While there are elements of Pile’s (2005) phantasmagoria entwined in the Herne Hill experience, it is not immediately apparent. The track’s current connection to elite cycling is quite limited, calling into question the agency of phantasmagorical memories to enact change. Phantasmagoria can exist passively in this space only so long as the current utility is enough to preserve its traditional use.
Bourdieu’s sources of power resonate with recent community developments at Herne Hill (Bourdieu, 1984). However, habitus, capital, and field are largely assumed to be external; the products of surrounding stimuli sub-consciously manifested among individuals. The Friends of Herne Hill (‘Friends’ for short), who manage the day-to-day affairs of the velodrome, and the Herne Hill Velodrome Trust (HHVT), who fundraise and lobby on behalf of the velodrome, directly challenge that assumption by actively changing the capital required of cycling or the perception of the cycling community among wider society.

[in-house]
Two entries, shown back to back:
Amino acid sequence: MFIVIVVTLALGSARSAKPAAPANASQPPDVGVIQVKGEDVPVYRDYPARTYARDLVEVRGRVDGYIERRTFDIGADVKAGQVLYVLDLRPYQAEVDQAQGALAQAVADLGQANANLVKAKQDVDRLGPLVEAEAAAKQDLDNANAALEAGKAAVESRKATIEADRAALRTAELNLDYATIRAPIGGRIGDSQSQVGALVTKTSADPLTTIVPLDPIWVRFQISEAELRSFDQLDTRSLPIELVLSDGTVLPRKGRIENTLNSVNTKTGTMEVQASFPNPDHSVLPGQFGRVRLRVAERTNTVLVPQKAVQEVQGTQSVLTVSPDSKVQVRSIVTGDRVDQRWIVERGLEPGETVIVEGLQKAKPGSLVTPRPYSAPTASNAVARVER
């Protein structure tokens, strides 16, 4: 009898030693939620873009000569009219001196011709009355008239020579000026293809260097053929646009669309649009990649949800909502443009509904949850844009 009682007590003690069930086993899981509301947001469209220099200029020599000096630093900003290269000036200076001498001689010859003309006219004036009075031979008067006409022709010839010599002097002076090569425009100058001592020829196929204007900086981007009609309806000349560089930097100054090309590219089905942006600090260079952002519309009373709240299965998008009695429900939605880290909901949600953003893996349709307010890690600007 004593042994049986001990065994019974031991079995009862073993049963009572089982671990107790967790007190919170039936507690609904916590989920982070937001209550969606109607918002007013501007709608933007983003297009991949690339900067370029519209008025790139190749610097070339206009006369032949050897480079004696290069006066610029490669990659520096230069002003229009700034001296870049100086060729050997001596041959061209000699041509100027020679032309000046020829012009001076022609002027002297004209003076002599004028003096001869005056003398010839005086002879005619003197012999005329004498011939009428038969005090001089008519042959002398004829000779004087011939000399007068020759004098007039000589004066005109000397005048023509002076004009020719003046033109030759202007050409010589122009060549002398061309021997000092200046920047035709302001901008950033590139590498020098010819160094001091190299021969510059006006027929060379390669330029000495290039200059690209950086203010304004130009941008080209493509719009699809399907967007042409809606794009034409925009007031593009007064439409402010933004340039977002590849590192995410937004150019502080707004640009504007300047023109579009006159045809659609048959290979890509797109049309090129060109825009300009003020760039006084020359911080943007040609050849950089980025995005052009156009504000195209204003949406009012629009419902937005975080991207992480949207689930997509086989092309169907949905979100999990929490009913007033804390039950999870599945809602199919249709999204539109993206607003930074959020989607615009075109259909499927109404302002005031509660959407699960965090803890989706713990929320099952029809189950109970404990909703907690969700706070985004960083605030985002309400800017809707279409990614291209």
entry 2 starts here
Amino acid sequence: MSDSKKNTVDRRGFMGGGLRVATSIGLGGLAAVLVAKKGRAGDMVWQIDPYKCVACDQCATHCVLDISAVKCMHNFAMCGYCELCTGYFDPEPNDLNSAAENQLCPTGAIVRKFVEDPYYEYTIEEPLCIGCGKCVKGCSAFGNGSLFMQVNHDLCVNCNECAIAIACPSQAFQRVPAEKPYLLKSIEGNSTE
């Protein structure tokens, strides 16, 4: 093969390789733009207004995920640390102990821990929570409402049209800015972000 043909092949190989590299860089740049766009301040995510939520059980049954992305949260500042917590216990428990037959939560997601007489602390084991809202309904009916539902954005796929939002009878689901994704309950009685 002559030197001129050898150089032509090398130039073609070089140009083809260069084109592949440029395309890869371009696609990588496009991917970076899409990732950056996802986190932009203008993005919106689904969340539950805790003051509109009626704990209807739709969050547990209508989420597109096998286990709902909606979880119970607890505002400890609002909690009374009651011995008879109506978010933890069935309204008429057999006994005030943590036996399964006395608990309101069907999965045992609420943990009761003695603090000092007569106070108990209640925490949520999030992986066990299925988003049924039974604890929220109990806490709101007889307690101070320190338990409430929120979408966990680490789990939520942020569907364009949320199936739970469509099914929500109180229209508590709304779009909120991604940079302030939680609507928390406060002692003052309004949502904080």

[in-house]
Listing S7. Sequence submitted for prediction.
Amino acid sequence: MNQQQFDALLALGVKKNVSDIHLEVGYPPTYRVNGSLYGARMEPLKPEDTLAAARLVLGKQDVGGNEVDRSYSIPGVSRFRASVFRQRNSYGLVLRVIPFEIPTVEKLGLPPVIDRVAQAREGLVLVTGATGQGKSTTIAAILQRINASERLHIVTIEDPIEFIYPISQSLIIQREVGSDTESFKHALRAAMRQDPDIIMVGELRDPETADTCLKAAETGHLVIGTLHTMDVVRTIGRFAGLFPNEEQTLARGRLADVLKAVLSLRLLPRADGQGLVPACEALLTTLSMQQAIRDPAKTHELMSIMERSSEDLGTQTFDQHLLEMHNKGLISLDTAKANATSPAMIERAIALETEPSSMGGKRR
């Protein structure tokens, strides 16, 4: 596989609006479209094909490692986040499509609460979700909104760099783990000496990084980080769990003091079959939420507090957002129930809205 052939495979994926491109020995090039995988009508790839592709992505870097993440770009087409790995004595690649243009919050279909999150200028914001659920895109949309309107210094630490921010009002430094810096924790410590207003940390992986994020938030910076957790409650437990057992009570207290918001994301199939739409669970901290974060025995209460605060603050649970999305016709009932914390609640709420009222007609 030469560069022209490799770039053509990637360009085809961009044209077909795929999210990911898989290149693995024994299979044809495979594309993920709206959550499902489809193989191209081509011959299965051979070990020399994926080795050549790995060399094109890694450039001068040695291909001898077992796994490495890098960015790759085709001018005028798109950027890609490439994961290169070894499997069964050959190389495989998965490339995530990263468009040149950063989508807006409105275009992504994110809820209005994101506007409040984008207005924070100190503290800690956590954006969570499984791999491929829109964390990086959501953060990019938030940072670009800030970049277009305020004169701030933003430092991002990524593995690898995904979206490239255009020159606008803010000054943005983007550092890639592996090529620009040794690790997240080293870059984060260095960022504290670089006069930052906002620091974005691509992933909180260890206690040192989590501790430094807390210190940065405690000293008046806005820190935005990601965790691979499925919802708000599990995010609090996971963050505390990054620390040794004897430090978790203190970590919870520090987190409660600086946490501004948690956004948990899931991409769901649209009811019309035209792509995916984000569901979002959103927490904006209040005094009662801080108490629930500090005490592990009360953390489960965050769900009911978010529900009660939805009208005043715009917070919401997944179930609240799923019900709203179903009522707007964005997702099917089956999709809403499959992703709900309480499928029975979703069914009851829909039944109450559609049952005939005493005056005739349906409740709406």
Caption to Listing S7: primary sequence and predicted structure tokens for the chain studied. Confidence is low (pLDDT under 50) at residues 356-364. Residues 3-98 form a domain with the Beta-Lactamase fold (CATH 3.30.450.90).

This paper will begin by discussing the history of the velodrome, followed by its declining relationship with elite cycling. This constrains the velodrome’s image as a historic home for cycling and somewhat dilutes the phantasmagoria of the elite competitions. Finally, the paper will examine the amateur community at play at the velodrome. It will look at the developments among the cycling community within the local population, and discuss the implications of the community’s actions on the sub-conscious nature of Bourdieu’s ideas.